My foray into animal rights activism has really opened my eyes to the amount of injustice in the world. Rather than ranking the needs of non-human animals over those of humans, I have been as vocal about racism and sexism (including cissexism) as about speciesism. Unfortunately, many in the animal rights community don’t see the predominance of white male leaders as a problem, whether or not those leaders give lip service to intersectionality.
Recently, Ruby Hamad wrote about racist and sexist messaging by white male vegans, citing as examples Durian Rider, Gary Yourofsky, and Gary Francione. Francione responded with a lengthy, ego-ridden display of white fragility in which he was “astonished” to be lumped in with people like Rider and Yourofsky, and accused the writer of “lumping all men in the same group.” Francione accused Hamad of criticizing his views simply “because some white guy promotes [them].” He also discredited the work of black vegan feminist scholar Dr. A. Breeze Harper based on selected comments from one of her talks.
Here’s the thing. All men benefit from the patriarchy. All white people benefit from white supremacy. As I’ve written previously, saying “not all men” or “not all white people” assures the reader that the charge of racism or sexism is not being levied against them. But dismantling oppression is more important than protecting fragile white male egos. Rather than defensively respond to accusations with “I am not a racist/sexist,” the person accused ought to reflect on their privileges and carefully examine why their statements might be harmful to a member of an oppressed group. What is racist is not up to a white person to decide, and likewise with sexism and men.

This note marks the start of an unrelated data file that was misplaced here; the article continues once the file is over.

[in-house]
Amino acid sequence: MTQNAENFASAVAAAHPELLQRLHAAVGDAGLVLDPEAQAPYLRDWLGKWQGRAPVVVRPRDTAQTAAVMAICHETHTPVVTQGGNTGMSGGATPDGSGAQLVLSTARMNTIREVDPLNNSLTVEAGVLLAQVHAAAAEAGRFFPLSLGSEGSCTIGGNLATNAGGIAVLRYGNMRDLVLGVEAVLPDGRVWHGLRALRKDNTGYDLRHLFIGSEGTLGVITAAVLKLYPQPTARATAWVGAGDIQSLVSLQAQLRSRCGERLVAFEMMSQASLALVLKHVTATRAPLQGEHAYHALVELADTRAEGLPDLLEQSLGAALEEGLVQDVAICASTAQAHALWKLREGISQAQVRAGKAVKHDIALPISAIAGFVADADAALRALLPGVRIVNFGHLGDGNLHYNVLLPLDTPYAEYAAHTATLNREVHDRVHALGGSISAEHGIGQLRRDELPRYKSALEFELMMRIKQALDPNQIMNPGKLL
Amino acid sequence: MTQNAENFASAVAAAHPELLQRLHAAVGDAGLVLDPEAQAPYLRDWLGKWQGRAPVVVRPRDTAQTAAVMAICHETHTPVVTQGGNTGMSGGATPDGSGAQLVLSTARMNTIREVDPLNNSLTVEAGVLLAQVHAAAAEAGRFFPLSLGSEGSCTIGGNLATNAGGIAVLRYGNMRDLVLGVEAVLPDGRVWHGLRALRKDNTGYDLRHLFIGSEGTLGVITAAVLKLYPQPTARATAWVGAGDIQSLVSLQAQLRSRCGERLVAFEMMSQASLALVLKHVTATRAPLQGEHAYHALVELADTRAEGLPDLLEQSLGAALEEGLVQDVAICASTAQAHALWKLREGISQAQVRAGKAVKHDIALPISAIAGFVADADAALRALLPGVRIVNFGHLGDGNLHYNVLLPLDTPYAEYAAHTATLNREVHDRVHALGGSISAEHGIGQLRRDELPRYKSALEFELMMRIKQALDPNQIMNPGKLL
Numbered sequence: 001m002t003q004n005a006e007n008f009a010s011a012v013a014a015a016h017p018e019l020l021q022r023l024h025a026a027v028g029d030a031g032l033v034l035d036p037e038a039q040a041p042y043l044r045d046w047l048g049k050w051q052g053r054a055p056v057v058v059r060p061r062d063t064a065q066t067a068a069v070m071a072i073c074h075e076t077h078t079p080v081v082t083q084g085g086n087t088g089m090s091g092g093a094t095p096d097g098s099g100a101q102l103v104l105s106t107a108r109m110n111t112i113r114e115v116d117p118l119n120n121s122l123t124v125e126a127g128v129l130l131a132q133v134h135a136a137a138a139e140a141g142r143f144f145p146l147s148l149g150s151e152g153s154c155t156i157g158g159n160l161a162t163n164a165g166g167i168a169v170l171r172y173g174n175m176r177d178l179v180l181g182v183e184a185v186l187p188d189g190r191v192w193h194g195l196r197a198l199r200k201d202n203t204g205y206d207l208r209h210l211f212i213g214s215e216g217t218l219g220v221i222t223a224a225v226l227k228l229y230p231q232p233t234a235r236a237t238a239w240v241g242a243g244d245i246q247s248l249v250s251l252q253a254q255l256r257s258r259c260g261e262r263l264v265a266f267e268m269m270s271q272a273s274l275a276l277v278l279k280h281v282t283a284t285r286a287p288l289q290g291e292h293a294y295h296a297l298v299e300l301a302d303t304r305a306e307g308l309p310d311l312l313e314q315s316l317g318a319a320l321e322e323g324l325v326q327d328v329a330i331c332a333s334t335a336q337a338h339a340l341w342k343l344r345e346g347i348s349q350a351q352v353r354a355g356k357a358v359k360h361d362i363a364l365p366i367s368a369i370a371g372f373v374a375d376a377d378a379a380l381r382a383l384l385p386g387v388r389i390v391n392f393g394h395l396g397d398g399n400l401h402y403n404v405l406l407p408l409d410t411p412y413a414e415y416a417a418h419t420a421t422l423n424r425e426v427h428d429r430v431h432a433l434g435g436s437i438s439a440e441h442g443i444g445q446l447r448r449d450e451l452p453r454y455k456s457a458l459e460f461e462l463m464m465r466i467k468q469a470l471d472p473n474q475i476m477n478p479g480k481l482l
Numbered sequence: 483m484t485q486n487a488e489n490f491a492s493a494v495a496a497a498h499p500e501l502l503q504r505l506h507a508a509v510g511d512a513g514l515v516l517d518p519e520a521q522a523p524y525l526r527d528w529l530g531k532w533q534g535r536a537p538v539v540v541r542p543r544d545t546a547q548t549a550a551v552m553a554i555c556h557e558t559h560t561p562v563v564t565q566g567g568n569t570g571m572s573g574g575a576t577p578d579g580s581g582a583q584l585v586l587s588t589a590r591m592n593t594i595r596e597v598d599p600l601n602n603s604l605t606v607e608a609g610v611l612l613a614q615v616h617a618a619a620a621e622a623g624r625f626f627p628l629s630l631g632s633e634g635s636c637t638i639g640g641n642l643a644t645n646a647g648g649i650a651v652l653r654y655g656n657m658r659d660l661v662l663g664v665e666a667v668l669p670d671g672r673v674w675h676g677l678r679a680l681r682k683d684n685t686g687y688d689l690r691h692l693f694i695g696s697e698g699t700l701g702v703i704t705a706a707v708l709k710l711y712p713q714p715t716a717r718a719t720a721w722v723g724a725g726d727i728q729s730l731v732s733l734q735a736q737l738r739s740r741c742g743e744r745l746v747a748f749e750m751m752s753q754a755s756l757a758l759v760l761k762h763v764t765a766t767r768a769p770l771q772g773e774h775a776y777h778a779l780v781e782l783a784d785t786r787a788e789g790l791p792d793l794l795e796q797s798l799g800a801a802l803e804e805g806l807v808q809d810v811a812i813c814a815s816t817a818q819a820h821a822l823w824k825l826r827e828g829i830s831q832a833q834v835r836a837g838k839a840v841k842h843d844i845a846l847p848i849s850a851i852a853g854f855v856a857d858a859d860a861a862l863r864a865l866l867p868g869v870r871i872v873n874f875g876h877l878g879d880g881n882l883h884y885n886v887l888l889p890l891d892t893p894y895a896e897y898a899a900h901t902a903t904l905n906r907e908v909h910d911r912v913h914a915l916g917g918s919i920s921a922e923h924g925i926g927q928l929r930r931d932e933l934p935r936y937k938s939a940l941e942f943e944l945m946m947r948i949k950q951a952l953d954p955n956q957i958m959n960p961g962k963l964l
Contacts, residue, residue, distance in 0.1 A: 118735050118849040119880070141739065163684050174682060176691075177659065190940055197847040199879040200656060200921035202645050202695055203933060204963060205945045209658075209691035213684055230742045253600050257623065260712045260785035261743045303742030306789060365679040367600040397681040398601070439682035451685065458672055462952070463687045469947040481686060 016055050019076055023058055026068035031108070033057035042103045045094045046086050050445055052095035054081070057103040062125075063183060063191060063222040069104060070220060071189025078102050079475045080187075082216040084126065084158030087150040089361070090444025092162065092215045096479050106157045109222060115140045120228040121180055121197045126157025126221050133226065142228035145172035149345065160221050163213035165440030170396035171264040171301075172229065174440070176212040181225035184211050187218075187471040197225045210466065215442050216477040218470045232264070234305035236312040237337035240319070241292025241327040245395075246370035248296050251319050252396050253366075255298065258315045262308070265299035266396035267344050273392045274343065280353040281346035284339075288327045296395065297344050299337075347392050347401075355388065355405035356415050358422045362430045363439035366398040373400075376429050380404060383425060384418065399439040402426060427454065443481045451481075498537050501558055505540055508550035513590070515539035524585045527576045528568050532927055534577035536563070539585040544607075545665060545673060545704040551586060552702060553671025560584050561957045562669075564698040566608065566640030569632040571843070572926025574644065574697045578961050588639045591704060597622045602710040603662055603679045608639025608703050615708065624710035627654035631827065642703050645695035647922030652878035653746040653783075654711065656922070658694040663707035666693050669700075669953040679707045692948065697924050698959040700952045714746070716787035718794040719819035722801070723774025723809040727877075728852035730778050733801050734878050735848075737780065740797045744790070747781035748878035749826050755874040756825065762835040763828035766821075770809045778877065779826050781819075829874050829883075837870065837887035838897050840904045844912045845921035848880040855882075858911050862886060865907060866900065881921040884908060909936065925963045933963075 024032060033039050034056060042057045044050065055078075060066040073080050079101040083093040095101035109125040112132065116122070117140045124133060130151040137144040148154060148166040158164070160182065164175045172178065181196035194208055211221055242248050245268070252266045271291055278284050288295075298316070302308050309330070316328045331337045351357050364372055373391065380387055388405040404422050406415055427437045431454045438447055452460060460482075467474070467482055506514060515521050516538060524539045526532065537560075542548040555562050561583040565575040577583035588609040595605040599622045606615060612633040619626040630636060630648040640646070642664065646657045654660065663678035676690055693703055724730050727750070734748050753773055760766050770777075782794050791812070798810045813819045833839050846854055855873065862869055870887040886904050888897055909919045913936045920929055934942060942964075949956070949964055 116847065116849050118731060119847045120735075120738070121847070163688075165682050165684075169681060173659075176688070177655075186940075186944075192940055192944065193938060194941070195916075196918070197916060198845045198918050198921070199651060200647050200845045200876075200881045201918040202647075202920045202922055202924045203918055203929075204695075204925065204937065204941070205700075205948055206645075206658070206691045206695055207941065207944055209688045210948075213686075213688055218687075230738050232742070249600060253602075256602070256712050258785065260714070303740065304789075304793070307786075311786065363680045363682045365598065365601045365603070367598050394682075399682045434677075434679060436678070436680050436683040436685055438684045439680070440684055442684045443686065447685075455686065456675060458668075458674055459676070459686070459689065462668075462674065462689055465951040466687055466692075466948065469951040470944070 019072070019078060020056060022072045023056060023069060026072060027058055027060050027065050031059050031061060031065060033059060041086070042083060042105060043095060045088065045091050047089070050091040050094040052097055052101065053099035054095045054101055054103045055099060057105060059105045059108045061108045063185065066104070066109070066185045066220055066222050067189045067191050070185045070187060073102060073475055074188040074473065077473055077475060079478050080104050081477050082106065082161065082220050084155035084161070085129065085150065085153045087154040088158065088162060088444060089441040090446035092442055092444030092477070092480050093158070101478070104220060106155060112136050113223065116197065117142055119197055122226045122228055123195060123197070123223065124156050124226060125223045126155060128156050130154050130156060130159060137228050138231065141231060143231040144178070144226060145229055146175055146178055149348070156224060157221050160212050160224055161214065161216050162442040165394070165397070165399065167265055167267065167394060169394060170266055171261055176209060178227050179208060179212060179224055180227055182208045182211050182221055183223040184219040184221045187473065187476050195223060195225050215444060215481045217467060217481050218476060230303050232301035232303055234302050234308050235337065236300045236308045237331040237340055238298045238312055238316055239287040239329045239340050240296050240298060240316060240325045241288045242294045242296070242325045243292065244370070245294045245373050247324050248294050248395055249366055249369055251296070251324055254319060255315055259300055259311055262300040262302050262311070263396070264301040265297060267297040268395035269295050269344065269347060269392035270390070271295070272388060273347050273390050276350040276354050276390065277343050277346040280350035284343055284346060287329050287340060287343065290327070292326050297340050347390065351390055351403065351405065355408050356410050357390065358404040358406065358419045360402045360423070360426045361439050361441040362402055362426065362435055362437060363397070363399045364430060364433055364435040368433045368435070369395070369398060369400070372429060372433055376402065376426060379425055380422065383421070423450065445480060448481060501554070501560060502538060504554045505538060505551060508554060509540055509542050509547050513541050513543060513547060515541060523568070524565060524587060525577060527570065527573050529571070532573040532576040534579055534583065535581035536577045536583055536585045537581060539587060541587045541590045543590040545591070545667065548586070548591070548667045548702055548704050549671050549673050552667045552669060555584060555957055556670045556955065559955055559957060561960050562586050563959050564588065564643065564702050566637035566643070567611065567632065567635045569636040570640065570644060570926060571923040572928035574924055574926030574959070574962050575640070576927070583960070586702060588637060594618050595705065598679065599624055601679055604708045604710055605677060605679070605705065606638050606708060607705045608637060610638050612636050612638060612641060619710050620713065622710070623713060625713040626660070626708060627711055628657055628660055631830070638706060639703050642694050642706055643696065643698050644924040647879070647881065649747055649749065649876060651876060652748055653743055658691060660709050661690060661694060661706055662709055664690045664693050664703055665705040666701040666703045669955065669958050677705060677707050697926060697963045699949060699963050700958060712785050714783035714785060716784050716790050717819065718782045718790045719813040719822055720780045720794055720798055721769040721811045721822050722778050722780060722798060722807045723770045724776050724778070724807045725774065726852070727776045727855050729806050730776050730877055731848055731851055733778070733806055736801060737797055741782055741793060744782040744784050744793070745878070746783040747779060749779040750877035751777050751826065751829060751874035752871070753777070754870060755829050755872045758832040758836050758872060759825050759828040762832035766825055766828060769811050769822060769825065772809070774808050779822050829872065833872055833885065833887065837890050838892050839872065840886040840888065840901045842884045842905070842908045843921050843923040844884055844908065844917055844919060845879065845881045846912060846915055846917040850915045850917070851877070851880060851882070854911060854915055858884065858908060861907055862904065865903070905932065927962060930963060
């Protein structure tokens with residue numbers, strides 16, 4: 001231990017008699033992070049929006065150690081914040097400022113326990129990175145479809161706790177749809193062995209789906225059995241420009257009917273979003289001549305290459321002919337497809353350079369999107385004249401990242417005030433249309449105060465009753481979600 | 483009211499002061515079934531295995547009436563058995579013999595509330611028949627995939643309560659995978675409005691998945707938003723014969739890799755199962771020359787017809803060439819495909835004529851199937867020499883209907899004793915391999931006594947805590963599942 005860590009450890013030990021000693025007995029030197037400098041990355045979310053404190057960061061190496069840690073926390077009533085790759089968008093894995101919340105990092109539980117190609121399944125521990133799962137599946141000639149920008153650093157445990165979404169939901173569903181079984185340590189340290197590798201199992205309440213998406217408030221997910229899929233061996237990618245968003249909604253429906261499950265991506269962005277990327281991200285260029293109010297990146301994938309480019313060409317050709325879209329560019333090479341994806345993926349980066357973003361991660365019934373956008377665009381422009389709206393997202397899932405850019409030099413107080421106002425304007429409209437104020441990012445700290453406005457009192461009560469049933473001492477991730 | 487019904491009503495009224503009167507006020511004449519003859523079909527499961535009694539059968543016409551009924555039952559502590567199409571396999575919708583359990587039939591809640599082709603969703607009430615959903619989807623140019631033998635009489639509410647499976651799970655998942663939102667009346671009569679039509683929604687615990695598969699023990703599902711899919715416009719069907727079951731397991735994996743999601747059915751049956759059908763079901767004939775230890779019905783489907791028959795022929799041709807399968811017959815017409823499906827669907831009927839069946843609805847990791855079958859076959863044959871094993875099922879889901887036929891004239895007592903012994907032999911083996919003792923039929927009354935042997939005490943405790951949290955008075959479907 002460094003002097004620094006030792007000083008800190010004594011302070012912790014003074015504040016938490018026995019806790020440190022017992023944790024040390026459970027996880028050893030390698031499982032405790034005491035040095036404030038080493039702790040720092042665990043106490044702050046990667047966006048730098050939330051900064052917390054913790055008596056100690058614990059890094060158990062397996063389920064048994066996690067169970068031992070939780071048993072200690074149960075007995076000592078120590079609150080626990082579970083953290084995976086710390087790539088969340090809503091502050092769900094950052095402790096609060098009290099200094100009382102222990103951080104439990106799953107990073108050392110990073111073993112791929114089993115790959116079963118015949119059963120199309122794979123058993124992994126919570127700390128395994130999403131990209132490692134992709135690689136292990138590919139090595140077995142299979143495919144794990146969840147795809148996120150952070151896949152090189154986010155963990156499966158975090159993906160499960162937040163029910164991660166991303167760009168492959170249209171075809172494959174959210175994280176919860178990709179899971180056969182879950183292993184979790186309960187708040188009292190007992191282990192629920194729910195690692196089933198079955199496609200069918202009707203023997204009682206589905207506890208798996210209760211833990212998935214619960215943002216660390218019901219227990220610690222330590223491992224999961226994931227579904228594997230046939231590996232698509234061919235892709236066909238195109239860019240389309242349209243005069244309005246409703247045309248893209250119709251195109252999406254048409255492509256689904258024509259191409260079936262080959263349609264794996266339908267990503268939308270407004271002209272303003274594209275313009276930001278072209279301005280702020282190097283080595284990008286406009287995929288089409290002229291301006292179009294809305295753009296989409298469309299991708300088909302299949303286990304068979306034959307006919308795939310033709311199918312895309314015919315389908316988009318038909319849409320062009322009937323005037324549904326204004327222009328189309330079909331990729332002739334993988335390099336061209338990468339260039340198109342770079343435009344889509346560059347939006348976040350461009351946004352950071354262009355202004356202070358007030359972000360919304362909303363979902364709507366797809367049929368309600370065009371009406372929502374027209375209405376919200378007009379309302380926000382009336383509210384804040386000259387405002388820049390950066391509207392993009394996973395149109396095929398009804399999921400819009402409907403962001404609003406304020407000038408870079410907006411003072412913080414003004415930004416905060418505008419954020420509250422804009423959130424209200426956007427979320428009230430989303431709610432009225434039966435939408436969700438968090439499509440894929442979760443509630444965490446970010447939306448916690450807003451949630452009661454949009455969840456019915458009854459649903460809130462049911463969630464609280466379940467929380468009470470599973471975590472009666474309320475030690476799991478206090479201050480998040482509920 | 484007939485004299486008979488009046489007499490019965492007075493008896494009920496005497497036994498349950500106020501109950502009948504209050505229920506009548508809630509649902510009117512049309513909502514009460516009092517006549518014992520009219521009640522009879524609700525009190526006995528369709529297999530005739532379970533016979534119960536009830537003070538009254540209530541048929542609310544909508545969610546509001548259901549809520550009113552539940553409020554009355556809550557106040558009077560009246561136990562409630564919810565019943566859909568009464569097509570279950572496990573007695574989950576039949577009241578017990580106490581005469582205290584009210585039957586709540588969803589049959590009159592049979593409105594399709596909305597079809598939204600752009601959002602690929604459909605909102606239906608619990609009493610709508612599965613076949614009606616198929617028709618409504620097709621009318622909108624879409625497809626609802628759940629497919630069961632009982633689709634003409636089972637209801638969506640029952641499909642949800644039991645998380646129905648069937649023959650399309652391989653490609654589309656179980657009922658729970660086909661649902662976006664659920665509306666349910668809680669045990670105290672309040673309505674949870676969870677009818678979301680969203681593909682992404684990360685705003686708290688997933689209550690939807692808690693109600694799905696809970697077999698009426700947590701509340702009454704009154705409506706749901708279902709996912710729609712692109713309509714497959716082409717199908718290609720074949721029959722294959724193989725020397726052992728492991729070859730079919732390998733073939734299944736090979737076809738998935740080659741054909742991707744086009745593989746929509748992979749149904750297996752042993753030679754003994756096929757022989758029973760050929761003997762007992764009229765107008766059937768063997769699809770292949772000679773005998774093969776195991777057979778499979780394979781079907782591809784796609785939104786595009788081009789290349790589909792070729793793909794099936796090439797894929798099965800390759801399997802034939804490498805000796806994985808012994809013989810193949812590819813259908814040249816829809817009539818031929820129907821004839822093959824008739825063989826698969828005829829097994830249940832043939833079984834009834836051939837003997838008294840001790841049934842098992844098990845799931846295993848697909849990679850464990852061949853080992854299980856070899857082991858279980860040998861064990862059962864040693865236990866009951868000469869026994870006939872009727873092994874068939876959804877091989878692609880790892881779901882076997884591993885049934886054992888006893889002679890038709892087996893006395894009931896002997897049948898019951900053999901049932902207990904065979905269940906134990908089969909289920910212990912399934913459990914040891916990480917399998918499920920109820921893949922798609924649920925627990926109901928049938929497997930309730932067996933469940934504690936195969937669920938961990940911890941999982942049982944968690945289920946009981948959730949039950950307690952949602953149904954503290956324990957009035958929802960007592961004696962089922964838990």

Normally I would just ignore Francione (I wrote up a detailed account of my troubles with him previously), but I cannot ignore the deliberate suppression of vegan women of color like Dr. Harper who have done so much work to promote both animal and human liberation. And now Francione’s influence has extended to getting another vegan woman of color, Sarah K. Woodcock of The Abolitionist Vegan Society, removed from VegFest UK. Apparently Tim Barford, who battled publicly with Francione in the past, has now bought into “Frabolitionism,” and didn’t like that Woodcock has been critical of Francione. Nevermind her unwavering dedication to abolitionist vegan advocacy; the crime of being “rude” to a white man is apparently unforgivable.
White men aren’t going to let go of their power and influence in the vegan and animal rights movements without a fight. Choosing which battles are worth fighting is necessary to prevent burnout. I’m realizing the wisdom in Aph Ko’s plan for Black Vegans Rock: “Stop deconstructing white uncritical spaces, and start (re)constructing more black progressive spaces.” As this article promoting Black Vegans Rock states, veganism has a serious race problem. And white men are not the ones who are going to fix it.